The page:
This past year, we reached a harrowing milestone of 100,000 opioid overdose deaths in the United States. Throughout the pandemic, the detrimental impact of opioids has accelerated. Now, we regularly see the presence of hazardous drugs such as fentanyl polluting the drug supply.

As we all know, the COVID-19 pandemic has pushed the health-care system to its breaking point, making it more difficult for many patients dealing with opioid use disorder to obtain treatment. Yet Pennsylvania State Sen. Michele Brooks (R., Mercer) stated in January 2021 that she intends to make it even more difficult by reintroducing Senate Bill (S.B.) 675, which passed the state Senate on its first attempt but failed in the House. With likely Republican gains in state elections this November, the bill could pass if reintroduced.

S.B. 675 reduces access to buprenorphine, a lifesaving opioid-use disorder treatment. The legislation makes it more difficult for providers to obtain certification to administer buprenorphine, and those who do not abide by the bill would risk losing their license. These measures increase the burden of those suffering from opioid use disorder and perpetuate the opioid epidemic.

As a medical student in Philadelphia, working and volunteering throughout the city, I have seen firsthand the impact the opioid crisis has had on our community. One of the most effective tools to treat opioid use disorder and prevent overdoses is buprenorphine, FDA-approved medications known by the brand names Suboxone and Subutex. Buprenorphine reduces withdrawal symptoms, which helps people stop taking heroin, fentanyl, and the like. It is also much safer than opioids — buprenorphine has a “ceiling effect,” where higher doses are not associated with respiratory depression, making it extremely difficult to overdose on. Buprenorphine has rarely been the primary drug linked to overdose cases.

S.B. 675 would impose a requirement that any physician willing to prescribe this medication pay a $500 fee to the Pennsylvania Department of Drug and Alcohol Programs, and the bill includes vague language threatening suspension of medical licensure for violations. While this may seem like a minor roadblock, it is a hurdle that will reduce access to this potentially lifesaving medication.

Current barriers — including the COVID-19 pandemic, the stigma surrounding opioid use disorder, and the requirement that physicians obtain waivers or additional certifications to prescribe buprenorphine — have led to few patients receiving treatment in Pennsylvania.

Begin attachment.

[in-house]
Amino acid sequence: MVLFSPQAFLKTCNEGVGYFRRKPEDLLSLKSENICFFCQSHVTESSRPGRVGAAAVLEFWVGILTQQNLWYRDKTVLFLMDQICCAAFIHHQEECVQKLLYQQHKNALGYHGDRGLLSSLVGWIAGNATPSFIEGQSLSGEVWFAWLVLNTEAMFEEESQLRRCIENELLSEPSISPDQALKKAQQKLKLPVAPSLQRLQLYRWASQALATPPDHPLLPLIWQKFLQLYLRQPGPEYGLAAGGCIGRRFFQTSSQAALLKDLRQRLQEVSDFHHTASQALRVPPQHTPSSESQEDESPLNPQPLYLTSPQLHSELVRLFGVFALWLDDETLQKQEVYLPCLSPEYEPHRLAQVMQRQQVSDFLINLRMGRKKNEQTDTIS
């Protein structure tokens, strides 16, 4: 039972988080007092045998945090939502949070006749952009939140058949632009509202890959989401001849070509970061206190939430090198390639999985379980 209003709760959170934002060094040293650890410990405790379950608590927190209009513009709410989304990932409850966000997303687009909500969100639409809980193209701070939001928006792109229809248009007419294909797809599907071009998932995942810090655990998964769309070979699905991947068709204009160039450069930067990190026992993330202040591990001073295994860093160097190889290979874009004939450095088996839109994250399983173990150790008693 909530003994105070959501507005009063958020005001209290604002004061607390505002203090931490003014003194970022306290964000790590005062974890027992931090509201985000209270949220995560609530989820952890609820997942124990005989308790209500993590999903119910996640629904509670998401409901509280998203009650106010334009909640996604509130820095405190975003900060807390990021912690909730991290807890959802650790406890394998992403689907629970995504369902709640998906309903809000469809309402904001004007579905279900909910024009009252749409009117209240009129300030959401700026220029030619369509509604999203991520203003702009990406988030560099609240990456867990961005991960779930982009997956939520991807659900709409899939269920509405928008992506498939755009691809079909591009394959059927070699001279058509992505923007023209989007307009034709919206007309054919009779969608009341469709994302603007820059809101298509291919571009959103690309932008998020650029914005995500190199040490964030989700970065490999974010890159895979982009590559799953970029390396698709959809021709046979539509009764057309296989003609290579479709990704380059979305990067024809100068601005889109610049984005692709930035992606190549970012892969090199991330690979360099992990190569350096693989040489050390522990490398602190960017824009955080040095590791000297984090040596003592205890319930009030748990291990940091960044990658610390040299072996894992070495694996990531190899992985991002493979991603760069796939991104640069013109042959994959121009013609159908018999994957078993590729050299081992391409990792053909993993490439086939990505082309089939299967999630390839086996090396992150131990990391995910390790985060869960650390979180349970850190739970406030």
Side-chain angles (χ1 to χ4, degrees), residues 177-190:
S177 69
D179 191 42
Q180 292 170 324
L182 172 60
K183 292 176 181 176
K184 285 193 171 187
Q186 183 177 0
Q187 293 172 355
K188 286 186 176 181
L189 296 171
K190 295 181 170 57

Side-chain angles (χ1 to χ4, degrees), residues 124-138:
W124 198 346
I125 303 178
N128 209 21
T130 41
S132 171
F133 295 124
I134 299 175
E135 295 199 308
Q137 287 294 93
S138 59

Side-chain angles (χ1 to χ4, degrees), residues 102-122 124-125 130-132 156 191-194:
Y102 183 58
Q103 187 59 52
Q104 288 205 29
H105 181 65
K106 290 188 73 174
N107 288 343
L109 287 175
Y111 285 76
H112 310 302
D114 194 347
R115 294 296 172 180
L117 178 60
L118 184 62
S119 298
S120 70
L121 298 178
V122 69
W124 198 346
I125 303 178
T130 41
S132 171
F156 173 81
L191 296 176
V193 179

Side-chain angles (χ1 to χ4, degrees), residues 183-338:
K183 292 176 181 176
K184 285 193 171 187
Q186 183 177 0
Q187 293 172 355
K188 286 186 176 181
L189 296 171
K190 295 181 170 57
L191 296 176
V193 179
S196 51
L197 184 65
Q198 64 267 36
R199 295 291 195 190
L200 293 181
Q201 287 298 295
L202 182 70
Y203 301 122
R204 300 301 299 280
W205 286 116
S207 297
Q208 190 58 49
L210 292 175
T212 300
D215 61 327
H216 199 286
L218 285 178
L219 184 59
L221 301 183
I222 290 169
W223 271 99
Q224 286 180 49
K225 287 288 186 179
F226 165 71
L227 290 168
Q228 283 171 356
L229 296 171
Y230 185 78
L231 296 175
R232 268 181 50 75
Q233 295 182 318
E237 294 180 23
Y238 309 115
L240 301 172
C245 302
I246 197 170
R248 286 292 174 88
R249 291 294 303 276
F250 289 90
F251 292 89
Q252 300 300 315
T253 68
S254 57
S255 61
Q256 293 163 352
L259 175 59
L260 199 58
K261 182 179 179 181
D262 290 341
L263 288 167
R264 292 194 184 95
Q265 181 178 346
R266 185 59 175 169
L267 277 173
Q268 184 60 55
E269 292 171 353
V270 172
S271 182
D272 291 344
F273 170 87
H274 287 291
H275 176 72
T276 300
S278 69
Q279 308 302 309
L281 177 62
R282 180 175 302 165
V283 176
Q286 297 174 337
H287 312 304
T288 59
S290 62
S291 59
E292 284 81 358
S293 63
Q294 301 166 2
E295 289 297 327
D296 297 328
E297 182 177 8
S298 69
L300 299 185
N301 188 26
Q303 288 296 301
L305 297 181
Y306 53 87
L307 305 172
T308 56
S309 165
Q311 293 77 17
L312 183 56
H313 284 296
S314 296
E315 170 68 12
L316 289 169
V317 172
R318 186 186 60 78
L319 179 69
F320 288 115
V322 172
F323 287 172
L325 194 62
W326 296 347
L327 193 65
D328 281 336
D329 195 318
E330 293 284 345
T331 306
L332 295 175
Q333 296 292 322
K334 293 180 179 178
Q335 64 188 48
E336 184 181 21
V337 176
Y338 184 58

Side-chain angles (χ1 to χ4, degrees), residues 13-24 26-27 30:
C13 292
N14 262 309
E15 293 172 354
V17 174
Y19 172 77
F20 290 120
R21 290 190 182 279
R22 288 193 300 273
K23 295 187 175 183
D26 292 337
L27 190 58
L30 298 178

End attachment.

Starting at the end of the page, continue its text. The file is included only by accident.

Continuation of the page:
This bill would create an additional barrier by requiring that any patient prescribed buprenorphine be enrolled in a certified addiction treatment program. Yet that isn’t an option for many people in Pennsylvania, who cannot access these programs due to unreliable transportation, long wait-lists, low socioeconomic status, being uninsured, or lacking appropriate child care.

If passed, S.B. 675 would lead many patients to obtain buprenorphine illegally off the street, where it could be contaminated with other substances — or continue to use more deadly opioids.

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When patients with diabetes are prescribed insulin, we do not force them to enroll in nutrition or exercise classes. And insulin isn’t harmless: If misused or used in large quantities, insulin has the potential to be equally deadly as opioids, causing coma or death.

Trusted medical organizations such as the American College of Medical Toxicology and the American College of Emergency Physicians have endorsed removing any waiver requirements for buprenorphine. If we cannot trust physicians to act in a patient’s best interests, then who can we trust?

Addiction and recovery are complex issues, and the road that patients take is often arduous. Opioid use disorder is affecting all sorts of families in our region. If your loved one was struggling with addiction, wouldn’t you want to make it easier for them to get help?

I urge you to contact your legislator and encourage them to oppose any legislation that places an undue burden on a group that is already severely in need.

Nicholas S. Imperato is a current fourth year Doctor of Osteopathic Medicine candidate and Master of Public Health candidate in Philadelphia.